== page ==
Newsletters: For the entire month of May, I sent out weekly newsletters with donation updates. At first, I was worried that I was annoying the hell out of people with the updates and someone would send me an angry email telling to me to be quiet, but that wasn’t the case. There were a few people that unsubscribed, but that was okay since these people are doing you the favor of cleaning up your subscription list. After all, you don’t want to keep emailing people that just aren’t into you anyway. On a more positive note, writing the newsletters was a way for me to be humorous and creative in telling people about the fundraising progress and people seemed to really enjoy reading them.
Press: Another great way to get people excited about your fundraiser is to get someone to interview you about it. I teamed up with Live Unchained’s Kathryn Buford, who was kind enough to meet up to do a video interview. Reaching out to a local newspaper or popular blog is a great way of growing your audience and get you and your work in front of new faces.Don’t be afraid to pitch your idea to different outlets because you never know who would be eager to do a write-up on you!
The Ups and Downs and the Nitty Gritty:
Let me say that running a fundraising campaign could easily be a full-time job. There were quite a few nights when I didn’t get much sleep because I was up working on the promotional video, making graphic updates, cutting notecards, putting together packages, running to the post office, tweeting, Facebook posting, all while working my day job. In hindsight, I’d probably let go of my inner-control freak and assemble a team of people to help with all the work, although my wonderfully supportive boyfriend helped out tremendously with video production and organization. Thank Sweet Minty Jesus for my iPhone which let me post updates and promotions while I was on the go.
In addition to the nitty gritty, there are the emotional highs and lows of running a campaign. As I’ve said before, I was completely blown away by people’s generosity. Some of my biggest contributions came from people I had never met before, including some that lived in other countries. There were also people that I had only met once or knew me solely through the internet but nevertheless, stepped up to give. I also received numerous contributions from old high school and college classmates and former coworkers whom I hadn’t talked to in years! There were times that I was moved to tears by people’s kindness and belief in what I was doing. I like to think this was because they were happy to see that I was going after something that I was passionate about and living a dream on my own terms. I think this is what most people want to be able to do in life. Those that weren’t able to give were still incredibly loving and supportive and were a big help in just promoting the event. I am very grateful to them too.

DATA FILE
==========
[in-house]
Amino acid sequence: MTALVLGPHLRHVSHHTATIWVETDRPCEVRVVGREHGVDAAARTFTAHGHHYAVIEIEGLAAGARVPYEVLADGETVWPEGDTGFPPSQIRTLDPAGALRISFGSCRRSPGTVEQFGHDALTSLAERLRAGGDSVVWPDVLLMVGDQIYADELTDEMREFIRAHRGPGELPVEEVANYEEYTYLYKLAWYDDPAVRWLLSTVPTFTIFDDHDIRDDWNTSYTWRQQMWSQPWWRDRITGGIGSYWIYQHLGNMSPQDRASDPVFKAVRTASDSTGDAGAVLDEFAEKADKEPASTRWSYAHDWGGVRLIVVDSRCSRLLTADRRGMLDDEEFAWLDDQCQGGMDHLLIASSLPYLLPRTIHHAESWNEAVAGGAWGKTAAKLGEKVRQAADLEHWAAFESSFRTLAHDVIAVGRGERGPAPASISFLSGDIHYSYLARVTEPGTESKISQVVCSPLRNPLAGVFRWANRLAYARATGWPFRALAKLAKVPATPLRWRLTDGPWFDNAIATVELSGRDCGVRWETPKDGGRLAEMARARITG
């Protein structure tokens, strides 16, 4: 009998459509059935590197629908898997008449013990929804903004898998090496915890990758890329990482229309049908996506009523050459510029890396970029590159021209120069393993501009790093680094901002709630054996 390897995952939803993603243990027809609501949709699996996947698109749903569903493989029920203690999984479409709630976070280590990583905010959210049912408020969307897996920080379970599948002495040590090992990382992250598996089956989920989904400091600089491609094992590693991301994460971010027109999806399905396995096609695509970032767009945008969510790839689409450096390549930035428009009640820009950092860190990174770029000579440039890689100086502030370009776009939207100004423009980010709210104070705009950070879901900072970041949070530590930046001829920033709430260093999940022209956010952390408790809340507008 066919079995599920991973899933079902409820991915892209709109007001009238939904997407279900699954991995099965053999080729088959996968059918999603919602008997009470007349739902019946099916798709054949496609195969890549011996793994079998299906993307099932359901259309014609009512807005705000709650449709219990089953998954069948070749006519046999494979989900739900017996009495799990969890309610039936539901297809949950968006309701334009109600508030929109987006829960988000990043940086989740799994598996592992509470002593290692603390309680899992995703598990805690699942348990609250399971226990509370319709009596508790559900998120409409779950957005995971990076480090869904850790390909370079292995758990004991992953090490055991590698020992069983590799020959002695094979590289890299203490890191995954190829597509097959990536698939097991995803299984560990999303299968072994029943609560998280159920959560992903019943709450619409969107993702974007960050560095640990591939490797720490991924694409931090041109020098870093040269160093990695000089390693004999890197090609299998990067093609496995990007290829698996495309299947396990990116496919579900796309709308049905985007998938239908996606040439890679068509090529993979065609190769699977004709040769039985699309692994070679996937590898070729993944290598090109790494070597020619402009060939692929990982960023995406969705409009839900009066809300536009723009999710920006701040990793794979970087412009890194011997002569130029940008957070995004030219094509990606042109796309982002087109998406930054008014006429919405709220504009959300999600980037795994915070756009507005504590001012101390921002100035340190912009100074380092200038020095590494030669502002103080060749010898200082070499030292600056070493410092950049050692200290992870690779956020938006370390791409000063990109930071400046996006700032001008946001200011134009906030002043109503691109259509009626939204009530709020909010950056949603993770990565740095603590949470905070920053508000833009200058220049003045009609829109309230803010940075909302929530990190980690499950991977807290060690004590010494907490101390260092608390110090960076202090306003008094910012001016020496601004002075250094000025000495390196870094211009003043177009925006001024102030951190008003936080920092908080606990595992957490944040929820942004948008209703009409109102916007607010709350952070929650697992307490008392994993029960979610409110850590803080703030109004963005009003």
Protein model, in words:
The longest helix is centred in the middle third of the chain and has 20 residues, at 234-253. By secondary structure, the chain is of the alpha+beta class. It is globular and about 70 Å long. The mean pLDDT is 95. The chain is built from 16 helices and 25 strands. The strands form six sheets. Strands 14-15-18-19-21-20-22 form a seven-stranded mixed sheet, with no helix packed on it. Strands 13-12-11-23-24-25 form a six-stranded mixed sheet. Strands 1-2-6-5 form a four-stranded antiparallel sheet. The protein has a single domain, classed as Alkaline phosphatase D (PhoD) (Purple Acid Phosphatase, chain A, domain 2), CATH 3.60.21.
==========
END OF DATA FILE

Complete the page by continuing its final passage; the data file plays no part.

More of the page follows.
As far as lows, I really can’t say that I had that many for this fundraiser. There was a big rush of donations for the first ten days and then things slowed down a bit after I reached my goal, which took away a little euphoria, but really not that much. This is pretty typical of many campaigns, according to my research, so I didn’t really sweat it too much. Towards the end, the momentum picked up again and the donation total surged forward. It was an awesome feeling.
So to conclude, my fundraising experience with Indiegogo was very positive and will likely do it again in the future. I recommend it to anyone and hope that this little tidbits from my own crash-test were helpful.
I’m channeling the late, great Donna Summer’s “Last Dance” as I type this newsletter, because this week marks the last week of the Visions of New York Fundraiser! As of today, we’ve raised $2,030 via Indiegogo, which doesn’t include outside donations totaling $370. We still have until June 1st to raise money, so if you haven’t done so, here is your chance!
Your support and encouraging comments give me tremendous joy and make me feel like I have my own cheering section that I carry around with me everyday as I work on this show. That means a lot. So for those of you have contributed and spread the word, give yourself a hug and pretend it’s from me, because if I was there to hug you right now, I would.
But before I get arrested by the Schmaltz Police (you’re not a real New Yorker until you throw around Yiddish words in everyday speech), I wanted to share with you a video interview I recently did with the lovely and energetic Kathryn Buford of the blogzine Live Unchained. In this brief interview, I share the process behind my photography creations and tell a little more about what you can expect to see at the Visions of New York show.
And so I conclude this final fundraising newsletter with a deep bow of gratitude and an enormous smile. Stay tuned for more show updates in the coming weeks!